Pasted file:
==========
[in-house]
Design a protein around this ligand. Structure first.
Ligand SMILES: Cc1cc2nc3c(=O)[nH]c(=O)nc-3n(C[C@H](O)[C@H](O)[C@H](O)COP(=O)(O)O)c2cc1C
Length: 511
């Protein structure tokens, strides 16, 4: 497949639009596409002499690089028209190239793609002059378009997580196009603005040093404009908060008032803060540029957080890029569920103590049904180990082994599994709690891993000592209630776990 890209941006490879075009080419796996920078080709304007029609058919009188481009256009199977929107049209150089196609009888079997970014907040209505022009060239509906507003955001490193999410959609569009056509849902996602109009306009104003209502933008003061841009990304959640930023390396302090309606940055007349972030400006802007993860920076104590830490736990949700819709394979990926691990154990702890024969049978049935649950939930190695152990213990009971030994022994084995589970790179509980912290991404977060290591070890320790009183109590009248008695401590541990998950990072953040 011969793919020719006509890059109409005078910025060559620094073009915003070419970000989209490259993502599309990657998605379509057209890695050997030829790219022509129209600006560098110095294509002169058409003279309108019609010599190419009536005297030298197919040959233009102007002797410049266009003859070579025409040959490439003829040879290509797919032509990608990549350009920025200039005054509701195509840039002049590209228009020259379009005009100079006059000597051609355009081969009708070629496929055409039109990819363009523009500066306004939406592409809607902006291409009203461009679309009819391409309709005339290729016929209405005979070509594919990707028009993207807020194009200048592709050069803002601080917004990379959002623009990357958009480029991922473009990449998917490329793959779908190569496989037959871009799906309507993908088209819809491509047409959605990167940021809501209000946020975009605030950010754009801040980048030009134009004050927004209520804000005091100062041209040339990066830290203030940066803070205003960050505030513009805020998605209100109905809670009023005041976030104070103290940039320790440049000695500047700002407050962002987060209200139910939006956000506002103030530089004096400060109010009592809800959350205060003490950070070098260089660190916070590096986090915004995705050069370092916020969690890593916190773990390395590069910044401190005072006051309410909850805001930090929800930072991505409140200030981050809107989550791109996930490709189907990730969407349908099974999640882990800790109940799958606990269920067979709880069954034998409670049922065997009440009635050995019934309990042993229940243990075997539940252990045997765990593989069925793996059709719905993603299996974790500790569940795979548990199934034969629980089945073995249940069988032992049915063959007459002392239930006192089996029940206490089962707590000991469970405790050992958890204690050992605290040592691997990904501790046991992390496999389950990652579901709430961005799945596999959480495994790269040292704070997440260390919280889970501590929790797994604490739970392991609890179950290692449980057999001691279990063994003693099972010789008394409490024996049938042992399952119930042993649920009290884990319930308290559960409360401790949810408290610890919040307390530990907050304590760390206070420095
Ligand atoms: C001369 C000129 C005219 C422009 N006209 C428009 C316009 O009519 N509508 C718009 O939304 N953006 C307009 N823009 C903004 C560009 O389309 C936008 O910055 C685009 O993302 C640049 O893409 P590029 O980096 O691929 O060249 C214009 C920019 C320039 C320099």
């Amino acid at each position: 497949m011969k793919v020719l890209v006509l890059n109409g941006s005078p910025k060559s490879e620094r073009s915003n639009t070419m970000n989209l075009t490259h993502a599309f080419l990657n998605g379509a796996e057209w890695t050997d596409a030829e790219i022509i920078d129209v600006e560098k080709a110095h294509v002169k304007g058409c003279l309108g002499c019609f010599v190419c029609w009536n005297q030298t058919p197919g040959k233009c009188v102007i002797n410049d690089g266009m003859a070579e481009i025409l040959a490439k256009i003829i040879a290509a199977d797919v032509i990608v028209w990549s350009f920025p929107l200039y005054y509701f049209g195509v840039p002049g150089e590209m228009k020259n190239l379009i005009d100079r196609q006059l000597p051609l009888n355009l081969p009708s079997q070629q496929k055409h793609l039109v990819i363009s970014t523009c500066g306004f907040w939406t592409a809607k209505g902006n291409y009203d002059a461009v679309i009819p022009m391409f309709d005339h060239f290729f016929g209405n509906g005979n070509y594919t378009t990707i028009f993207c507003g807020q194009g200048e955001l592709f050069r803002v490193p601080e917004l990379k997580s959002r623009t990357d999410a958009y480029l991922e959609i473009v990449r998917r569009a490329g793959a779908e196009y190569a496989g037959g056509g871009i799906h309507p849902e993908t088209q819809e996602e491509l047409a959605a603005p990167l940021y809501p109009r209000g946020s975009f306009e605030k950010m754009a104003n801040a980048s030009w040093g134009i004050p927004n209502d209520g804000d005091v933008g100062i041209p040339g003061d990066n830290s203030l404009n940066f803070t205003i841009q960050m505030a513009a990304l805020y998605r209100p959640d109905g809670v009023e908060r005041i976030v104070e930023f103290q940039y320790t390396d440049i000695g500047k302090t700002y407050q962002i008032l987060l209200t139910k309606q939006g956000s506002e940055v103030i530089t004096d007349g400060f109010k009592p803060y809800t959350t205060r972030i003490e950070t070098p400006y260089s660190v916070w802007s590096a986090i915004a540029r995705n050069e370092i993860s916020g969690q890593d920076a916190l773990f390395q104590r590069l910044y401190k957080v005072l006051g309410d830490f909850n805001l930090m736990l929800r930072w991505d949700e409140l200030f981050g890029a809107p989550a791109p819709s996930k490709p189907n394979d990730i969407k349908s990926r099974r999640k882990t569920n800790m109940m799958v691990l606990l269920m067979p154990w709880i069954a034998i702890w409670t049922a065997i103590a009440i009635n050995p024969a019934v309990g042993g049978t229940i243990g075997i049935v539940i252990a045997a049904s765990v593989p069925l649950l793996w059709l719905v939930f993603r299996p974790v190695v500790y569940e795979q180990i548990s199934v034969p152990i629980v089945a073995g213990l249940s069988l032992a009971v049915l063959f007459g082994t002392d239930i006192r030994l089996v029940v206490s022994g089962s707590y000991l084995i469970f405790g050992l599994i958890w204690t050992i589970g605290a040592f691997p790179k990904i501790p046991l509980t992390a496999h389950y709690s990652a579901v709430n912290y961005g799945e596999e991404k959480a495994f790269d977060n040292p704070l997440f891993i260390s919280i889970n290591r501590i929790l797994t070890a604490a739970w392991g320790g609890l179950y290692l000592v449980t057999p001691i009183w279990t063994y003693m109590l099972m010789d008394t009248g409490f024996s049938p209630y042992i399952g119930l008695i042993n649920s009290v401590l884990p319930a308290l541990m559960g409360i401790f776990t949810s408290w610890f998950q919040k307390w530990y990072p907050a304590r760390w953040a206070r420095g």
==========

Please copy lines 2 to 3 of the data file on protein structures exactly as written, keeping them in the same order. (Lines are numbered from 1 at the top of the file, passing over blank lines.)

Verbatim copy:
Design a protein around this ligand. Structure first.
Ligand SMILES: Cc1cc2nc3c(=O)[nH]c(=O)nc-3n(C[C@H](O)[C@H](O)[C@H](O)COP(=O)(O)O)c2cc1C